Draped over the crouched body of a village elder, the young initiate grimaces as hundreds of incisions are made to his body with a razor-sharp piece of bamboo – around his nipples to represent the eyes, the length of his torso to represent the creature’s snout and just above the waist to represent its nostrils. The actual cutting takes just 20 minutes. No screaming is allowed.  The next day – in fact, every morning for seven days in a row – his weeping, blood-encrusted wounds are vigorously scrapped with a sharp piece of timber and packed with mud from the river until, finally, his skin begins to seal and harden to form a pattern in the image of the crocodile – the most powerful and revered creature in the Sepik River………

I’d seen several torsos scarred by this ritual as I travelled along the Sepik River, before I managed to photograph these two young men  who had been initiated into the Crocodile Clan about a year ago. To escape the harsh light, we travelled up a shallow creek in a dugout canoe and wandered through the jungle to a waterhole where I captured these images. The patterns on their bodies appeared to me quite beautiful as I photographed them; the gentle, almost feminine, demeanor of both young men seemed at odds with the harsh, proudly masculine transformation of their bodies. It was this softness, and the contradiction, that I sought to capture in the series of photographs I produced (samples above).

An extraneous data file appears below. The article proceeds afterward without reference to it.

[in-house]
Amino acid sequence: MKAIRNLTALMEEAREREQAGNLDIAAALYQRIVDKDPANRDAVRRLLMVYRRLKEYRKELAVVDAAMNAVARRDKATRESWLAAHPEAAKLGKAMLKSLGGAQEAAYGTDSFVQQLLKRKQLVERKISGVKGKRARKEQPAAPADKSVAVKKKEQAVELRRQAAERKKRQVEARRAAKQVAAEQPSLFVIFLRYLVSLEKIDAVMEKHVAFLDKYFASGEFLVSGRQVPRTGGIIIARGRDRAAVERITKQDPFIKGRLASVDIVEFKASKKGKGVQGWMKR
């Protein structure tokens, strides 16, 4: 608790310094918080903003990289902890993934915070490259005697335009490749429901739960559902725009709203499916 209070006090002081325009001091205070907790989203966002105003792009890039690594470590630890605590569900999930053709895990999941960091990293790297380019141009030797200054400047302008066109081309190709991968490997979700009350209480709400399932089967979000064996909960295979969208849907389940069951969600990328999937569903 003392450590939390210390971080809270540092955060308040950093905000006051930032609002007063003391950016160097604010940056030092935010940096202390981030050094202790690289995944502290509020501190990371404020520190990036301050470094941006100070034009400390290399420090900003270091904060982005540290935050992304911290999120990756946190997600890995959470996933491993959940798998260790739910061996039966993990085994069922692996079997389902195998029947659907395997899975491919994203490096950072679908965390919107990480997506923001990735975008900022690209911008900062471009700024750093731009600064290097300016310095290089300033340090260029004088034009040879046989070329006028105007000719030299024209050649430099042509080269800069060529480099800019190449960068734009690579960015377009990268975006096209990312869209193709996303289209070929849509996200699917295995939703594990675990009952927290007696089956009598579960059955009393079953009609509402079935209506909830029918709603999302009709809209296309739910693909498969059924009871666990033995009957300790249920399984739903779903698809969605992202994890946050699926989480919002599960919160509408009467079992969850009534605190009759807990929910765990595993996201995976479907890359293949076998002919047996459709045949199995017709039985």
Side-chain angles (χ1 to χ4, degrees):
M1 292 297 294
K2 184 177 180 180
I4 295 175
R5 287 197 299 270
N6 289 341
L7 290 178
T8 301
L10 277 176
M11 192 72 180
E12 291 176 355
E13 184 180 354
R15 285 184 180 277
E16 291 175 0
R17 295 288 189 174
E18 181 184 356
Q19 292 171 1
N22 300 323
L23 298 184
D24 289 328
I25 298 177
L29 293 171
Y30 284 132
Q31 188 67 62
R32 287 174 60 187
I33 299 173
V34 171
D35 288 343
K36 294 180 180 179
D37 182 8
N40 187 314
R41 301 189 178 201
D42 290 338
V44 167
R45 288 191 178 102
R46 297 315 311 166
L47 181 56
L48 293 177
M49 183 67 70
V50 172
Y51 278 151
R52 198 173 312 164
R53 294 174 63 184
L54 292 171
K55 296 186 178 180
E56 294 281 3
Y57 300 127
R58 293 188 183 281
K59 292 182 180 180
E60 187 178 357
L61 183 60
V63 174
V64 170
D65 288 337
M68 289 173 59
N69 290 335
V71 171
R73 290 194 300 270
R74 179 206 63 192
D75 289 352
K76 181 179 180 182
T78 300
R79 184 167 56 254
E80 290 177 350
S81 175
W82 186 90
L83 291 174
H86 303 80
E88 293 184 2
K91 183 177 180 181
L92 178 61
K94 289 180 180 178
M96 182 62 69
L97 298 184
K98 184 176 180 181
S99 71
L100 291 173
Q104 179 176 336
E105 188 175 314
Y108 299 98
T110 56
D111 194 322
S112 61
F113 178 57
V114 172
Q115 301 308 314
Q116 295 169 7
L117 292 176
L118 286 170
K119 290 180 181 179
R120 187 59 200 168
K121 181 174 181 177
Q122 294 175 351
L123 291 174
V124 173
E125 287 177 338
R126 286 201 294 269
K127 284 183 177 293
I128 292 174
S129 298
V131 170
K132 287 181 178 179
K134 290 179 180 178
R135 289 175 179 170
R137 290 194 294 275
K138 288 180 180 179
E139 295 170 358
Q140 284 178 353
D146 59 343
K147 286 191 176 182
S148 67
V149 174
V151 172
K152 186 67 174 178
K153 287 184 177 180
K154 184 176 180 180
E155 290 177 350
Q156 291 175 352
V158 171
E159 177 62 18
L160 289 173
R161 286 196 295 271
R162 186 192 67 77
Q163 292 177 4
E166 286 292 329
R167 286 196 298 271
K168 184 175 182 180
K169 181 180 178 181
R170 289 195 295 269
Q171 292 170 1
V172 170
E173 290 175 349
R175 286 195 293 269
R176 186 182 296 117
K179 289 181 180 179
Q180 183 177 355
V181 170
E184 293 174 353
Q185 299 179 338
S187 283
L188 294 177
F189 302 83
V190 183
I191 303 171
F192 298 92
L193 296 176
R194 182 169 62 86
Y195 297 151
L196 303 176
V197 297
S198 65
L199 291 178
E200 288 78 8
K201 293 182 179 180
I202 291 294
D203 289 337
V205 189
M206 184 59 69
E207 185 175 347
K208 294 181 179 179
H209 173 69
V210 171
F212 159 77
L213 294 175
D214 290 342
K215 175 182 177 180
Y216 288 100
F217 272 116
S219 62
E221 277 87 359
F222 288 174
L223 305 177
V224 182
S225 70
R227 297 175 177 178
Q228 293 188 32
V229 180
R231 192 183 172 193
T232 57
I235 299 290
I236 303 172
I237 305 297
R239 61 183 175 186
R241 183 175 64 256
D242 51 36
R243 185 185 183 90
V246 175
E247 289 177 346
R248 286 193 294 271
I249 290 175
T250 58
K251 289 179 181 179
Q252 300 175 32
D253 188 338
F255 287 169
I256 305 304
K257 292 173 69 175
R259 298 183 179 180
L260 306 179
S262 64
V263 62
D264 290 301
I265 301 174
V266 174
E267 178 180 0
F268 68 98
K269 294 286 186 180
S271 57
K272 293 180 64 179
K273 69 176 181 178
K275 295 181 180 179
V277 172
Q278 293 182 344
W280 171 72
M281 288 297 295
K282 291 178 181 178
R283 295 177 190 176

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A successful promotional photograph starts with knowing what you want it to say and who you want it to appeal to - before you even bring the camera to your eye.




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